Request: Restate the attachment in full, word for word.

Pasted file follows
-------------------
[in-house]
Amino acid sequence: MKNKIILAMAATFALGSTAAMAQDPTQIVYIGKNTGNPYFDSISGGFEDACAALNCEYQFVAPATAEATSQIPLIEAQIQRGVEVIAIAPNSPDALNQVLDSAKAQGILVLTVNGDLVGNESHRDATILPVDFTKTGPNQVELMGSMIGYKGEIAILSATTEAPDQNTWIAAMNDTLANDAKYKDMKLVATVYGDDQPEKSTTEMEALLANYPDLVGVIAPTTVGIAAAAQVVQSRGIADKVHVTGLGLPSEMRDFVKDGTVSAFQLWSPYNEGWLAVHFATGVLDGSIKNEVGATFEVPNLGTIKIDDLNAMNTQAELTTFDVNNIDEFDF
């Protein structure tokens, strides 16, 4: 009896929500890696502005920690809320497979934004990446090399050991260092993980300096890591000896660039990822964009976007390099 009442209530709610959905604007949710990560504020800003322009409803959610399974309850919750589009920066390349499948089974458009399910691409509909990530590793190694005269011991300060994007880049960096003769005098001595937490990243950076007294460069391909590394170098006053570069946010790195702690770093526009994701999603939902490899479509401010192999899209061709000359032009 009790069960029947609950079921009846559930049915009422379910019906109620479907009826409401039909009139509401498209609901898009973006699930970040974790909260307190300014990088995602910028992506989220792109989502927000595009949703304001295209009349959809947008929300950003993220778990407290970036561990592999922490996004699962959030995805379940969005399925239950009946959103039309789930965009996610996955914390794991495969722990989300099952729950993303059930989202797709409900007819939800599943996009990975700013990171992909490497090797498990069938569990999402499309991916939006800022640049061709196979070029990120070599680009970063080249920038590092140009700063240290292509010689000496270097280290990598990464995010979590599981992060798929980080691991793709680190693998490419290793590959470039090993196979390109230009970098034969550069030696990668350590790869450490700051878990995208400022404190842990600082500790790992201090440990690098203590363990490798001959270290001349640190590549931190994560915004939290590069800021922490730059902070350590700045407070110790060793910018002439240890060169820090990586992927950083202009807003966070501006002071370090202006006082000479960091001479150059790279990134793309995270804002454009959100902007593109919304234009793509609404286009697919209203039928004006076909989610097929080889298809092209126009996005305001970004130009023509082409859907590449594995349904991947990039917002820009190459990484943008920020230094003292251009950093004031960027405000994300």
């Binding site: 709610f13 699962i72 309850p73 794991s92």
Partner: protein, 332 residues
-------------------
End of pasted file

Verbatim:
[in-house]
Amino acid sequence: MKNKIILAMAATFALGSTAAMAQDPTQIVYIGKNTGNPYFDSISGGFEDACAALNCEYQFVAPATAEATSQIPLIEAQIQRGVEVIAIAPNSPDALNQVLDSAKAQGILVLTVNGDLVGNESHRDATILPVDFTKTGPNQVELMGSMIGYKGEIAILSATTEAPDQNTWIAAMNDTLANDAKYKDMKLVATVYGDDQPEKSTTEMEALLANYPDLVGVIAPTTVGIAAAAQVVQSRGIADKVHVTGLGLPSEMRDFVKDGTVSAFQLWSPYNEGWLAVHFATGVLDGSIKNEVGATFEVPNLGTIKIDDLNAMNTQAELTTFDVNNIDEFDF
């Protein structure tokens, strides 16, 4: 009896929500890696502005920690809320497979934004990446090399050991260092993980300096890591000896660039990822964009976007390099 009442209530709610959905604007949710990560504020800003322009409803959610399974309850919750589009920066390349499948089974458009399910691409509909990530590793190694005269011991300060994007880049960096003769005098001595937490990243950076007294460069391909590394170098006053570069946010790195702690770093526009994701999603939902490899479509401010192999899209061709000359032009 009790069960029947609950079921009846559930049915009422379910019906109620479907009826409401039909009139509401498209609901898009973006699930970040974790909260307190300014990088995602910028992506989220792109989502927000595009949703304001295209009349959809947008929300950003993220778990407290970036561990592999922490996004699962959030995805379940969005399925239950009946959103039309789930965009996610996955914390794991495969722990989300099952729950993303059930989202797709409900007819939800599943996009990975700013990171992909490497090797498990069938569990999402499309991916939006800022640049061709196979070029990120070599680009970063080249920038590092140009700063240290292509010689000496270097280290990598990464995010979590599981992060798929980080691991793709680190693998490419290793590959470039090993196979390109230009970098034969550069030696990668350590790869450490700051878990995208400022404190842990600082500790790992201090440990690098203590363990490798001959270290001349640190590549931190994560915004939290590069800021922490730059902070350590700045407070110790060793910018002439240890060169820090990586992927950083202009807003966070501006002071370090202006006082000479960091001479150059790279990134793309995270804002454009959100902007593109919304234009793509609404286009697919209203039928004006076909989610097929080889298809092209126009996005305001970004130009023509082409859907590449594995349904991947990039917002820009190459990484943008920020230094003292251009950093004031960027405000994300």
């Binding site: 709610f13 699962i72 309850p73 794991s92």
Partner: protein, 332 residues